• When interpreting castoff blood, the accepted practice is to add one blow to the total of castoff patterns, the reasoning being that with the first blow the instrument would have been dry.
• Adult males have about 5 to 6 liters of blood volume.
• Adult females have about 4 to 5 liters of blood volume.
• Loss of greater than 1.5 – 2 liters of blood volume may result in shock and immobilization.
• Blood is slightly more viscous than water and this viscosity (about 4.5 as compared to water which is 1.0) helps form the blood into a spherical shape as it travels freely through the air.7
The Theory: The Teardrop vs. The Blood Drop
Figure 1: Fountain in Denver Airport
Experiments with blood have shown that blood tends to form into a sphere rather than a teardrop shape when free falling or projected in drop size volumes (approximately 0.05ml or 20 drops per milliliter; though some are larger and some are smaller.)8 The formation of the sphere is a result of surface tension.9 Fresh blood is slightly more viscous than water because of its components: corpuscles, leukocytes, platelets, salt, and collagens, and so it tends to hold the sphere shape in flight. The sphere shape of blood in flight is critical to the calculation of the angle of impact of blood spatter which will be used to determine the point or area from which the blood originated or point of origin (PO)10, 11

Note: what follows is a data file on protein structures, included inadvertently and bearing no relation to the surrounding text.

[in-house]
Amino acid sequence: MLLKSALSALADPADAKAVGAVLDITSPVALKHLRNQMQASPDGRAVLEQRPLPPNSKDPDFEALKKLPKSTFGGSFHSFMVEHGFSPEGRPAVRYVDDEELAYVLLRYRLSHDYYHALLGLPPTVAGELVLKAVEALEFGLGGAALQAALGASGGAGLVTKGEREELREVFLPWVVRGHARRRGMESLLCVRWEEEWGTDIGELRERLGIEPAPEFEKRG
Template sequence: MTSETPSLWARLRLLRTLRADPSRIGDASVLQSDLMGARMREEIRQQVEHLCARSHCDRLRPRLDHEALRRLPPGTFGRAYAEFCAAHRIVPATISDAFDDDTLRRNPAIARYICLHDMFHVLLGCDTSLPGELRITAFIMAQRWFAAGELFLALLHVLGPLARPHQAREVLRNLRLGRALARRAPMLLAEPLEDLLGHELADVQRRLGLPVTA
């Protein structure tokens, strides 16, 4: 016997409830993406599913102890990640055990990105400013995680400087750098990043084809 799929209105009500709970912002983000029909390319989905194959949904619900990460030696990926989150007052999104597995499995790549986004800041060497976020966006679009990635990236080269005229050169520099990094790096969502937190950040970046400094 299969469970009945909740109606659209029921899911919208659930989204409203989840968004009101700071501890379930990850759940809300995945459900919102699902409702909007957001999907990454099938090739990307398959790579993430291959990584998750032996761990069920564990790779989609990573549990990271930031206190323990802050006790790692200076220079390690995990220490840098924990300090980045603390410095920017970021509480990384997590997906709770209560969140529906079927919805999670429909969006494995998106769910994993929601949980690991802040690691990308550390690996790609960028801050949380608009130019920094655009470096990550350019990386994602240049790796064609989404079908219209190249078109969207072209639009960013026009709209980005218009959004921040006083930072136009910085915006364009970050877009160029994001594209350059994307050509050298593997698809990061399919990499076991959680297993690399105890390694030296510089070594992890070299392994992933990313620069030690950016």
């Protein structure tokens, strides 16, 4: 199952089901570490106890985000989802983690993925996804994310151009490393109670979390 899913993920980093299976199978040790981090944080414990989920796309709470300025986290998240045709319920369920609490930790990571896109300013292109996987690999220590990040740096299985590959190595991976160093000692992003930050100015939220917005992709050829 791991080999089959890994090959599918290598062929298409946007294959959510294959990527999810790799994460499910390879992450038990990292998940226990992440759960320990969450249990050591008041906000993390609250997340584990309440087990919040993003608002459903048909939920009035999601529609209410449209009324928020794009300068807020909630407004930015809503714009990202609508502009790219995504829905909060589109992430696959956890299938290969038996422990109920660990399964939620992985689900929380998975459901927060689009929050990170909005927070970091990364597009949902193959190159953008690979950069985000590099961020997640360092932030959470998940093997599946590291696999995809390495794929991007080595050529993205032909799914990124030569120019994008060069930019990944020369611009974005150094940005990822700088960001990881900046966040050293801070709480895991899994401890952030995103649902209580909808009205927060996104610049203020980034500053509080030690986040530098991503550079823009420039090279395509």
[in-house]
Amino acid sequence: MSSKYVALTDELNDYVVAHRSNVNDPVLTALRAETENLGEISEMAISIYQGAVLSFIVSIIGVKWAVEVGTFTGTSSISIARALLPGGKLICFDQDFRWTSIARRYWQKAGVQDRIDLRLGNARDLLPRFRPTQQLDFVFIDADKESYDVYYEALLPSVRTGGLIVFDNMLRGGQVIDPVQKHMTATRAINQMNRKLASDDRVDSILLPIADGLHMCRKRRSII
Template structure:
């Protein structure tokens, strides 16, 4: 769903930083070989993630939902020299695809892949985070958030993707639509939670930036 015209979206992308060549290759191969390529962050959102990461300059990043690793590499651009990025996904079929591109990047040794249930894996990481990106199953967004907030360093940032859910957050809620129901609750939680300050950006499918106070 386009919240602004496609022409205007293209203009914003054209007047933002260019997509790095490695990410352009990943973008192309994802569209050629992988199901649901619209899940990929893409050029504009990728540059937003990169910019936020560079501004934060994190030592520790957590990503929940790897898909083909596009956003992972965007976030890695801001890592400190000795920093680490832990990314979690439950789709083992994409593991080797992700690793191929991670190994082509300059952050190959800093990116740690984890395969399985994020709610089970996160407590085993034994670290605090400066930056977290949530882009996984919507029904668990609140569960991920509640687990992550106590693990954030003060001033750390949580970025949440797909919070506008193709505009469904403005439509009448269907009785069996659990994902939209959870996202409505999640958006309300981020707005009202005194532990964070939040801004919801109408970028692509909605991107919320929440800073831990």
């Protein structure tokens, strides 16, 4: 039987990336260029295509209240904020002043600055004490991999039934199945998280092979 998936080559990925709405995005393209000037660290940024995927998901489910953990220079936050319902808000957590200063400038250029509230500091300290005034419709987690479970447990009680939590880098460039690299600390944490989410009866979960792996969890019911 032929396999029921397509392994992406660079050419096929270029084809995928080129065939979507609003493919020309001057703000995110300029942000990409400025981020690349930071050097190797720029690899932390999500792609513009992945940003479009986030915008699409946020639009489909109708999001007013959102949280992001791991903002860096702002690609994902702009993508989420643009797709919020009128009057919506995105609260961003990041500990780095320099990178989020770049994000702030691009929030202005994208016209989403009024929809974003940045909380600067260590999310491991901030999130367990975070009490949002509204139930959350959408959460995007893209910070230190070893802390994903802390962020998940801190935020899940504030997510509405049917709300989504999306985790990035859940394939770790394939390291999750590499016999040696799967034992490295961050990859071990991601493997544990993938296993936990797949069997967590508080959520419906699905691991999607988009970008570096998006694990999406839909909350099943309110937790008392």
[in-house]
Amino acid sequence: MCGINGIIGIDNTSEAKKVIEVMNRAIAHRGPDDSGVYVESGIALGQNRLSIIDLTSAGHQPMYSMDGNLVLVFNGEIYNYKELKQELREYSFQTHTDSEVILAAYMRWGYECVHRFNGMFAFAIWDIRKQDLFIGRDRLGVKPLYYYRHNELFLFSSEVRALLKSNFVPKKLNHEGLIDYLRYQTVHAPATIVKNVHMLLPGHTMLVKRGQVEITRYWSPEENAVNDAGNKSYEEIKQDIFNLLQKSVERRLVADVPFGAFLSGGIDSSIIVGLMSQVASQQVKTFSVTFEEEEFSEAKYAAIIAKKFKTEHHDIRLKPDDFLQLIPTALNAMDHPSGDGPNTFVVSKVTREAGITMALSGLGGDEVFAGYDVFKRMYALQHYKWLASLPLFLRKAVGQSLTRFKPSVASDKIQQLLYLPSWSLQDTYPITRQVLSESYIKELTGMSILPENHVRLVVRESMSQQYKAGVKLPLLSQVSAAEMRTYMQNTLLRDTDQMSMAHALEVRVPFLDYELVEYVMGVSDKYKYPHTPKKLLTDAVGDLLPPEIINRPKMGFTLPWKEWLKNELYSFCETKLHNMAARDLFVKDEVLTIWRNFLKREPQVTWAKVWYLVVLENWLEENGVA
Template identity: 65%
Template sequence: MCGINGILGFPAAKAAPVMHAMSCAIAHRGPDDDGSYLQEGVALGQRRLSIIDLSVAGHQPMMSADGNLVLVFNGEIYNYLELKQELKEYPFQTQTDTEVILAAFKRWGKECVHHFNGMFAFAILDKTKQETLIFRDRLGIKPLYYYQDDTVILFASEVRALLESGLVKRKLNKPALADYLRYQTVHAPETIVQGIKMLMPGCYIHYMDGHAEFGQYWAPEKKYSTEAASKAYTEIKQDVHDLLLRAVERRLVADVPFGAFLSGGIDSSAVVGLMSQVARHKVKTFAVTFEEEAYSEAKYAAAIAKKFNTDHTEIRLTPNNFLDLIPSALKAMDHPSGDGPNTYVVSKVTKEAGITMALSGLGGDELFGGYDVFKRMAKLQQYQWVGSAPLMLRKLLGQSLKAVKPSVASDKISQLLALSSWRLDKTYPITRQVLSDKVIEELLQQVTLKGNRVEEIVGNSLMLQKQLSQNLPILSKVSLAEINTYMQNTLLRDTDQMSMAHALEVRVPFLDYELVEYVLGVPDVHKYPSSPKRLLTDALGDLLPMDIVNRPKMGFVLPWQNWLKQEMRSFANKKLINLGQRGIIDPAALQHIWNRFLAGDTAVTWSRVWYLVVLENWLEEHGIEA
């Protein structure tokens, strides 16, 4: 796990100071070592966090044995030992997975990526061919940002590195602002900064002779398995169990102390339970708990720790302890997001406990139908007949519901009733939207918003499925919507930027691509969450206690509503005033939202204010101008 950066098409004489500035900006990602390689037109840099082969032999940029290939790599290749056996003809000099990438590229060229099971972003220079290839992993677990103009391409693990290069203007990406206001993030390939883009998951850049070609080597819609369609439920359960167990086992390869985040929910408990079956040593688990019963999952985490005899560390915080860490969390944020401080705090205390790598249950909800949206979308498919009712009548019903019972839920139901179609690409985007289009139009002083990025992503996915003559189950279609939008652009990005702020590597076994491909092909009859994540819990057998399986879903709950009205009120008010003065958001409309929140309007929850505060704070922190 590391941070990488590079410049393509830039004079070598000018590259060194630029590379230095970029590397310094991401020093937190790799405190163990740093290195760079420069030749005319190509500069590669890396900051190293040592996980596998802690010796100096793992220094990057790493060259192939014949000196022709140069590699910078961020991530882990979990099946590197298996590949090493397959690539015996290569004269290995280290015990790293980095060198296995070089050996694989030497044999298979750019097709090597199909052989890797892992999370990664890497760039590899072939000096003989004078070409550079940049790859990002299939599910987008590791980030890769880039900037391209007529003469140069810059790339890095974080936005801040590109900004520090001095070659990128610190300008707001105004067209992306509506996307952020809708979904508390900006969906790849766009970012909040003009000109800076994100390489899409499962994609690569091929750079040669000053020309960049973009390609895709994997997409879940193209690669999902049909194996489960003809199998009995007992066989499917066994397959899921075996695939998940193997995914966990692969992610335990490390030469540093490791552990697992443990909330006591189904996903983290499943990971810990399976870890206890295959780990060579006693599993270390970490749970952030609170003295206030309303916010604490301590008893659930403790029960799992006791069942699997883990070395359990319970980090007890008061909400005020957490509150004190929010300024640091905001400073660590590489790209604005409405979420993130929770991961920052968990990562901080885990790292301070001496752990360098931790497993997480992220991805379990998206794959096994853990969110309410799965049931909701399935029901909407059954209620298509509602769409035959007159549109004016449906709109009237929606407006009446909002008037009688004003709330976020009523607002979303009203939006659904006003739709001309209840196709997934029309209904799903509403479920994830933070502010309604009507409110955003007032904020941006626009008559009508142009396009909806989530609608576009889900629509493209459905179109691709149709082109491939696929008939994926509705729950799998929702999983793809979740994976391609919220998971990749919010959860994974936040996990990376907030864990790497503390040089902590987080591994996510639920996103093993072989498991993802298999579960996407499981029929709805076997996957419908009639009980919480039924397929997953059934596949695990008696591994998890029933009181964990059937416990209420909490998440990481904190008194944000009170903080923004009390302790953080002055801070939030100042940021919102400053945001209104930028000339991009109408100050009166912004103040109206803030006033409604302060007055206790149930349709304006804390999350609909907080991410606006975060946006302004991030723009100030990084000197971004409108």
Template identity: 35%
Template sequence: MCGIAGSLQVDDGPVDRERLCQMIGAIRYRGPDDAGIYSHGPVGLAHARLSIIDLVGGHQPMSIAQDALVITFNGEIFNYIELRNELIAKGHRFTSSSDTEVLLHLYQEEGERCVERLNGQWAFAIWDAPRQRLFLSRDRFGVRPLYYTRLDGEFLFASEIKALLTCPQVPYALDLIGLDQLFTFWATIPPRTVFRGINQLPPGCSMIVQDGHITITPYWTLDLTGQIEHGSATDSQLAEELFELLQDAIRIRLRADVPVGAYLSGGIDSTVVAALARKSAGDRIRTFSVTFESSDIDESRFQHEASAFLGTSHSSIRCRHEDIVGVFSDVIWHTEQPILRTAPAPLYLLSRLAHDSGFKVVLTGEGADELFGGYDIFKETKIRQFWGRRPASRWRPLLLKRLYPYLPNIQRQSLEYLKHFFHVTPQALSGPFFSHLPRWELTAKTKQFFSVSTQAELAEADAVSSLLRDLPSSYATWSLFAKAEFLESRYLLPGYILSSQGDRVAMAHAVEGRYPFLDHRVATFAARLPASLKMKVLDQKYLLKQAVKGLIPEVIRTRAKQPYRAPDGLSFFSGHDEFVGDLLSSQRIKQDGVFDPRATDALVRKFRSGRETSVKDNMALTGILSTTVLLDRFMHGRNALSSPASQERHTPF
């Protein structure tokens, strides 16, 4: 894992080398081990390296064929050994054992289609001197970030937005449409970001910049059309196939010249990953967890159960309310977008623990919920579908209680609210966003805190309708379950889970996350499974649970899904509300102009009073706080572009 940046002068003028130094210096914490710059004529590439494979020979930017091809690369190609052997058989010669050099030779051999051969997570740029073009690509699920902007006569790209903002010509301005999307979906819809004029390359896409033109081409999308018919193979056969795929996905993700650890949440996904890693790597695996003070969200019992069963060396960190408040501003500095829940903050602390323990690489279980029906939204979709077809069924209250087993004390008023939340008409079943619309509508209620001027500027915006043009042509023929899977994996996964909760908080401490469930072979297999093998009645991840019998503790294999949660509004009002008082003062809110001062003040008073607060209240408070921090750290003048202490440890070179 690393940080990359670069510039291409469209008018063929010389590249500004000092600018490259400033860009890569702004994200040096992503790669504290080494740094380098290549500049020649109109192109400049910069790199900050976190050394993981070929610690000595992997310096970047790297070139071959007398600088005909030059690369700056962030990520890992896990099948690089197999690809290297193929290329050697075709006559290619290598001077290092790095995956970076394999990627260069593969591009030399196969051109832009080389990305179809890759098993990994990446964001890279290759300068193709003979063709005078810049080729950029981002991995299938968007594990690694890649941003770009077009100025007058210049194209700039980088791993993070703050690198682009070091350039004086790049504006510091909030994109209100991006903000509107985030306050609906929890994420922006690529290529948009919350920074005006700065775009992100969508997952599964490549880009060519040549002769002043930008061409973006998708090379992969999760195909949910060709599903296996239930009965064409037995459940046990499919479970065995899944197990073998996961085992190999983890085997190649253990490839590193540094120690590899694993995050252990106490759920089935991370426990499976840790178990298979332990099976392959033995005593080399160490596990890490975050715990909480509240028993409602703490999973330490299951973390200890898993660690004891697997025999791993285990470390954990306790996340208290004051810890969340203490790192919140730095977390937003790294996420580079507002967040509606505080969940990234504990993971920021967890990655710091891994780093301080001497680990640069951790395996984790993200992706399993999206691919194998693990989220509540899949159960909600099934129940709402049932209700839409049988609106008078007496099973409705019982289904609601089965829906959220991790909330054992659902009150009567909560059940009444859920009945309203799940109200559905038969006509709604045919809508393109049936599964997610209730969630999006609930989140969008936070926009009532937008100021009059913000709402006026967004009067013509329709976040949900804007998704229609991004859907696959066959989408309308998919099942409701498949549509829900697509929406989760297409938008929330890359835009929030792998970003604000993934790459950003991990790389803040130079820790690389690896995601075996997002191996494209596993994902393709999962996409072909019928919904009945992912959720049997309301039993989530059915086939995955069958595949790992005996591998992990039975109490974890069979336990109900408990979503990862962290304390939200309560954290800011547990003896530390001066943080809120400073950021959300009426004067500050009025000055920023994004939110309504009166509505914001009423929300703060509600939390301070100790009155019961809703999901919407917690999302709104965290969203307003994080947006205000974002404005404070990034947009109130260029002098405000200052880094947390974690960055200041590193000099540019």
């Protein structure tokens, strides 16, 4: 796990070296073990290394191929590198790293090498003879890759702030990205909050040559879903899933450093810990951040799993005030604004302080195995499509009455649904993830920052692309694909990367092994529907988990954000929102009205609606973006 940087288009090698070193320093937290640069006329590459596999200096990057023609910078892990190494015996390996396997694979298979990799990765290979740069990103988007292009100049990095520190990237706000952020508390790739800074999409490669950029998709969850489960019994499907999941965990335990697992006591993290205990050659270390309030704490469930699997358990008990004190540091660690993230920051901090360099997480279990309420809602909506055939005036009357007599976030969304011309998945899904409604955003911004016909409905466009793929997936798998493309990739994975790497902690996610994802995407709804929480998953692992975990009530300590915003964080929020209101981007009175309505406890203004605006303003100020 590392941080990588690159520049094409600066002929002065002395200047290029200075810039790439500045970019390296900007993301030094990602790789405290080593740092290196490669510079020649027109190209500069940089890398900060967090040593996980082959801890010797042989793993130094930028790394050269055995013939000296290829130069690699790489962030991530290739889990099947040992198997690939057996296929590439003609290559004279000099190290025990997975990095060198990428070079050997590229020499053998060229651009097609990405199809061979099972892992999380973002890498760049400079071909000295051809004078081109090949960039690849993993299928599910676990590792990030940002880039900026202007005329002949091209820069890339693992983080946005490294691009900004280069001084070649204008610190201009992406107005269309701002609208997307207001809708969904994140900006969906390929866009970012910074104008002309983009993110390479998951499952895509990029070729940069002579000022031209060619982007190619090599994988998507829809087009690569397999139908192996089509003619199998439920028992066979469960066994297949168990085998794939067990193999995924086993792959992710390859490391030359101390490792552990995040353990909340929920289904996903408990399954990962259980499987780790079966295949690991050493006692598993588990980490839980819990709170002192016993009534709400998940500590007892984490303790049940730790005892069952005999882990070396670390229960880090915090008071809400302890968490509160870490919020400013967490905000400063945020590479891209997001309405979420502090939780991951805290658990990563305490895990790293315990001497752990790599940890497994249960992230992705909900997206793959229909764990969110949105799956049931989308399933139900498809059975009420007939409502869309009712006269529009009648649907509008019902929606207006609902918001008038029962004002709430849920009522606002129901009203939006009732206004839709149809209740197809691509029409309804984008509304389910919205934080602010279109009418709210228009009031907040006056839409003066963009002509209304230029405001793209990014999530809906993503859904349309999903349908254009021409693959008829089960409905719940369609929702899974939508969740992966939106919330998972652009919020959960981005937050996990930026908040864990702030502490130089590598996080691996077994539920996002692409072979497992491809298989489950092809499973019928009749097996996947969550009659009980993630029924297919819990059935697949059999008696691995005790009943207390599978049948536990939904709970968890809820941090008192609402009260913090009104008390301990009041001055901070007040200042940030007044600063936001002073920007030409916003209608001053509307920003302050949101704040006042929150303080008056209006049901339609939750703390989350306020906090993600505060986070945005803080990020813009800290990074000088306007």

Using Pythagorean Trigonometry To Determine The Angle Of Impact, Point Of Convergence, And Point Of Origin
Hypotenuse2 = Opposite2 + Adjacent2 (H2 = O2 + A2)
Generally, a single spatter of blood is not enough to determine the point of origin at a crime scene. The determination of the angle of impact and placement of the PO should be based on the consideration of a number of spatters. The process for determining the angle of impact is not complicated. When a sphere of blood strikes a flat surface the diameter of the sphere in flight will equal the width of the stain on the surface (which is equal to the opposite side of a right triangle) as seen in Figure 1. The length of the spatter will be equal to the hypotenuse of an inverted triangle. This is portrayed graphically in Figures 2, 3, and 4.
Figure 2: Side view of blood drop in air, and then striking a flat surface
Figure 3: Top View of drop in air and the stain left after it has hit a flat surface
Figure 4: Resulting stain left by drop of blood that impacted at about 30 degrees of a flat surface